Thirty-six years old Los Angeles secretary Gloria Mendez has been in love with her boss, novelty import business mogul, Carl Perreira, for years though she accepts it is unrequited so she hides her deep regard from him as he has not shown any sexual interest in her. Carl goes on vacation in Mexico. Following a relatively minor earthquake, Gloria listens to a strange jumbled message that Carl left on her answering machine. She tries to follow-up as Carl apparently has disappeared somewhere in Mexico's backcountry. Gloria tries LAPD, who dispatch her to the Tijuana cops, but neither departments show the slightest interest in the case. --- Not soon afterward, Gloria learns that Carl allegedly died in a car crash inferno. Devastated by her loss, Gloria travels to Mexico to bring Carl¿s remains home for burial. However, even that simple kind gesture proves difficult and dangerous starting with when she meets a young man claiming to be Carlos Perreira, son of her Carl and others who assume she is either a partner or lover with insider information on the activities of a man she thought she knew. --- Gloria is the center of this fine cerebral mystery in which much of the action is inferred until near the end. Though not a particularly courageous individual, the heroine shows her mettle when she tries to do what she believes is the right thing for Carl and subsequently begins an amateurish sleuthing into what happened to him and why. Proving DNA matters, Jesse Kellerman debuts with a delightful character driven who-done-it. --- Harriet Klausner
J_and_R More than 1 year ago
This was a decent read. Gloria is not the same irritating, sassy, don't-need-no-man single woman that is often found in other "thrillers" (and by the way, I am a woman, using my husband's account). Her quest to find out the truth behind her boss's disappearance was interesting enough, even if it wasn't necessarily exciting.
WGGK More than 1 year ago
An excellent book! What a book to be the first book by this author. It is hard to believe that someone so young wrote this book. Beautiful prose.
Guest More than 1 year ago
This author has plenty of potential - I liked his style and I thought the story line was unique. But the ending fell flat for me. Give him a chance though, I'm guessing we'll see great things from him soon.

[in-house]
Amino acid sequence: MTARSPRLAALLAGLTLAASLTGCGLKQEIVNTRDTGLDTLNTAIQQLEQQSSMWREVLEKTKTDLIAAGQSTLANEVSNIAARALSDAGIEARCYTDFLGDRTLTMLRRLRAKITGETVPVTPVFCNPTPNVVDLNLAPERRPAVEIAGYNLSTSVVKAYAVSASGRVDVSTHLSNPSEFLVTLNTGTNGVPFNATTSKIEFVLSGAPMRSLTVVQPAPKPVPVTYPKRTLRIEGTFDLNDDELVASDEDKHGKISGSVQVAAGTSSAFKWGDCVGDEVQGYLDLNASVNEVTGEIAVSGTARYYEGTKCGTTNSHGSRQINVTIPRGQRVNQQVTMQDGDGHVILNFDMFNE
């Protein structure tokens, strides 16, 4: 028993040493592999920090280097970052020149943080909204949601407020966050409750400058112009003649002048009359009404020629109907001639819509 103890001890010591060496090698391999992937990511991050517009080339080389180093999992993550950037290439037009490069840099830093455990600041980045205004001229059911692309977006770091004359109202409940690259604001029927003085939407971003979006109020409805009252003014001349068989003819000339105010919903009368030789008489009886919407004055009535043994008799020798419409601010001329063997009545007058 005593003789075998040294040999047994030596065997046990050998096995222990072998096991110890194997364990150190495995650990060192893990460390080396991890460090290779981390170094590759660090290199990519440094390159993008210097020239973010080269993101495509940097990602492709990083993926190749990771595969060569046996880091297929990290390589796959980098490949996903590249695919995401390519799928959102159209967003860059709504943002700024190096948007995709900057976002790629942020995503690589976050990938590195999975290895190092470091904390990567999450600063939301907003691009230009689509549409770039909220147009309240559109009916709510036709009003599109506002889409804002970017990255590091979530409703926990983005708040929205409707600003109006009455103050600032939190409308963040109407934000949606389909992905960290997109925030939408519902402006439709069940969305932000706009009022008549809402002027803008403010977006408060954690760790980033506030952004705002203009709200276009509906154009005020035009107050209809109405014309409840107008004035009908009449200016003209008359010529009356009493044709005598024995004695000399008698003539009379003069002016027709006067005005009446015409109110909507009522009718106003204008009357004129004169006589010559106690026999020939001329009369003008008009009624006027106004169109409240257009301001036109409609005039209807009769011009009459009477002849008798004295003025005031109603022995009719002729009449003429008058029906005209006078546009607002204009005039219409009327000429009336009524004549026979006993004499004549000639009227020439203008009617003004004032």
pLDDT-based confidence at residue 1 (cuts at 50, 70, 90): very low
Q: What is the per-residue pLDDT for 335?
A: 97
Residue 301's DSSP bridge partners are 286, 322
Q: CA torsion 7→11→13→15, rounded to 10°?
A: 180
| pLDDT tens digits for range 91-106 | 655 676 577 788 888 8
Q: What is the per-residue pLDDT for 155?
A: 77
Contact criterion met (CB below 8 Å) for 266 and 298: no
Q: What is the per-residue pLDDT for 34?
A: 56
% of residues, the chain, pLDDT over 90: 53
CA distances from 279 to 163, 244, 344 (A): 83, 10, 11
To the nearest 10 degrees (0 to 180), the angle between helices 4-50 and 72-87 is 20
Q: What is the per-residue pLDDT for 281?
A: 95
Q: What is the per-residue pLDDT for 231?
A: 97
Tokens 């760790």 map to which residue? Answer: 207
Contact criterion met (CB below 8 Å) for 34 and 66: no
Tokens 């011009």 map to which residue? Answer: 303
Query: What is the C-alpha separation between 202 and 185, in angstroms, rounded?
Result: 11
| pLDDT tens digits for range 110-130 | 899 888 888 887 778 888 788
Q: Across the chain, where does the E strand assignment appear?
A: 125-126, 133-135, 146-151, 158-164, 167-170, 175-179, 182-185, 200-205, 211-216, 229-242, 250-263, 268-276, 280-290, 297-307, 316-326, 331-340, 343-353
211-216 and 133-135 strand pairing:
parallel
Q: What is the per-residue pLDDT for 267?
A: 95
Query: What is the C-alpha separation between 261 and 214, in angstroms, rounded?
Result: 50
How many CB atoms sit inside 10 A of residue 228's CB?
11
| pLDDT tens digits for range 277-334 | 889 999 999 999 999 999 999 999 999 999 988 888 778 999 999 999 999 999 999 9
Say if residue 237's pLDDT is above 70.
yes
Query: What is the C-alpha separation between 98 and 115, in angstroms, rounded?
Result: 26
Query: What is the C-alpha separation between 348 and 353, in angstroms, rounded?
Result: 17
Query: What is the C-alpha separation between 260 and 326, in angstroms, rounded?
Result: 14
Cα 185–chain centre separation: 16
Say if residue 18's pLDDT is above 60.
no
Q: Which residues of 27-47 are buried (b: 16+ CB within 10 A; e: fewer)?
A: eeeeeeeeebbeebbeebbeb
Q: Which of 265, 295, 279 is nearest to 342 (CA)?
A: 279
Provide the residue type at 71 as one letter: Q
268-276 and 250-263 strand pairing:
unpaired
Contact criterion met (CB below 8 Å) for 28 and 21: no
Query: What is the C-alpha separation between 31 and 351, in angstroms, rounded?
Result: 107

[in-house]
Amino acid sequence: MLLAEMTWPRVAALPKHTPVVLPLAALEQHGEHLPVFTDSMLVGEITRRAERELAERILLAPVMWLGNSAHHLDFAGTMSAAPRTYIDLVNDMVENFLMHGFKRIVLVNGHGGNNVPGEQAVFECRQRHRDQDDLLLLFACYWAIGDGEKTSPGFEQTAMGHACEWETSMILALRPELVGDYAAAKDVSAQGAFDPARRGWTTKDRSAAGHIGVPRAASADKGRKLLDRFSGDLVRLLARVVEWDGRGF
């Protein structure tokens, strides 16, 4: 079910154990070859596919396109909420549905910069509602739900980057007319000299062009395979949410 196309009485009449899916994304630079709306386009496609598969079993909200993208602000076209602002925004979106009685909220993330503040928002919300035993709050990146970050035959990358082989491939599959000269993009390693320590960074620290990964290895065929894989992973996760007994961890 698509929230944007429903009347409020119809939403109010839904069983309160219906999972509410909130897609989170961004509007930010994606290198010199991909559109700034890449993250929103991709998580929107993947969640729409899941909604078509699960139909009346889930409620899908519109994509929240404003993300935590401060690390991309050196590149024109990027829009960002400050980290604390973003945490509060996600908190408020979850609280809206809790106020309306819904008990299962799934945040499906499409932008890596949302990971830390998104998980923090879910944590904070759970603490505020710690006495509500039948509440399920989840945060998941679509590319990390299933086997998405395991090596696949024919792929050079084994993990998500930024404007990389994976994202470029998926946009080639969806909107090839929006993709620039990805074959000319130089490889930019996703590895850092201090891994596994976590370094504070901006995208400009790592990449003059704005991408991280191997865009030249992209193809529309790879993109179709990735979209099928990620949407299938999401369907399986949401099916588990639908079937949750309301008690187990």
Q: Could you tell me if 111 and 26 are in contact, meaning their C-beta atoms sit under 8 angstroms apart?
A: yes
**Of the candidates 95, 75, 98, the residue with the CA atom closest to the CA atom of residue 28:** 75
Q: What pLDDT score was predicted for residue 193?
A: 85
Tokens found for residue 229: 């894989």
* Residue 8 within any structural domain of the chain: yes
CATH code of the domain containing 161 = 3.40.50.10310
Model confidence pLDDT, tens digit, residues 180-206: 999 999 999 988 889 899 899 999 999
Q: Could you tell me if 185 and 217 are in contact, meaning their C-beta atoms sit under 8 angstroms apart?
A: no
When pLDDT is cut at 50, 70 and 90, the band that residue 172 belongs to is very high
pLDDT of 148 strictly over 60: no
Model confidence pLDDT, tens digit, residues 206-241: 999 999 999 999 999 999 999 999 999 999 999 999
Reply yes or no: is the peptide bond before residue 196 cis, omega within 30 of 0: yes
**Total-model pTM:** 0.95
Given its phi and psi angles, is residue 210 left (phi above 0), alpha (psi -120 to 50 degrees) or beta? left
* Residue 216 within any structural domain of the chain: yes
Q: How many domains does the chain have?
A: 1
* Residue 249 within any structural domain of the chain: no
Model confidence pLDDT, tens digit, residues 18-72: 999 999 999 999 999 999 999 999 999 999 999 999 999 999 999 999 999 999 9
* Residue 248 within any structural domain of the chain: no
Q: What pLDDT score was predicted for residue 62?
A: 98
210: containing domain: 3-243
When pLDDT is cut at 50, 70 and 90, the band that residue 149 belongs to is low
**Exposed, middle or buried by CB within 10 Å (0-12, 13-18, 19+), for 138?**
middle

GailCooke More than 1 year ago
It runs in the family. Jesse Kellerman, son of popular suspense novelists Jonathan and Faye Kellerman, has written an absorbing nail-biter to rival any other in this crowded literary field. Mom and dad must be justifiably proud of their Harvard grad who has already penned a number of award-winning plays and been given the Princess Grace Award for the country's most promising young playwright. Now, he shows he also has the mystery writer chops with 'Sunstroke,' impeccably plotted with enough turns and twists to keep listeners riveted. Speaking of listeners, the narration by stage and screen actress Annie Henk aptly captures the protagonists determination and then desperation as she uncovers secrets she never wanted to know. Thirty something Gloria Mendez plays by the rules. She has worked for Carl Perriera, owner of Caperco Mask and Novelty, Inc., for ten years, enjoying almost every minute because she's in love with him. It's a love that is unrequited, as far as she knows. As her friend Barb points out, she takes care of Carl too much and has done so for too long. That ends shortly. When Carl goes out of town and leaves a note reading, 'Take care of things while I'm gone,' she does just that. But only for so long because she receives word that Carl has been killed in a car accident. She feels there's nothing left for her to do but collect his body and see to proper arrangements. Guileless Gloria drives for over ten hours to a tiny Mexican border town, Aguas Vivas. She doesn't find a great deal of sympathy there but rather roadblocks thrown in her way. It seems that Carl wasn't the quiet, hardworking fellow she had believed him to be. She's convinced that something awful happened to Carl in this forlorn little place, but what? And, is one man really who he claims to be - Carl's son? 'Sunstroke' is an auspicious debut from a writer of unquestionable talent. Plus, it's superbly read. Enjoy! - Gail Cooke
Guest More than 1 year ago
This writer fell very far the family talent tree. His prose is over blown and the characters are flat. The story is silly and uninteresting.
Guest More than 1 year ago
I looked everywhere online to find a reading group guide or a link to the author. With the author located, I sent an email request for a short reading guide. His response was pretty lame ... he created a reading guide for his second book but not this one and why don't I come up with some questions or ideas after I read the book!!! Frankly, this was not the response I expected and it made reading the book for group discussion even more difficult. The story line rambles and runs amok all through the 367 pages. It was such a relief to finally get to the end!
Guest More than 1 year ago
I listened to the book on CD and found it extremely dull and boring. The long winded character and scene descriptions put to me sleep several times. I began to wonder what the point was and who the author was writing for. Was he writing for a college class or readers for their enjoyment? In the end, I never finished the book on CD and regret I selected the book for library patrons to read.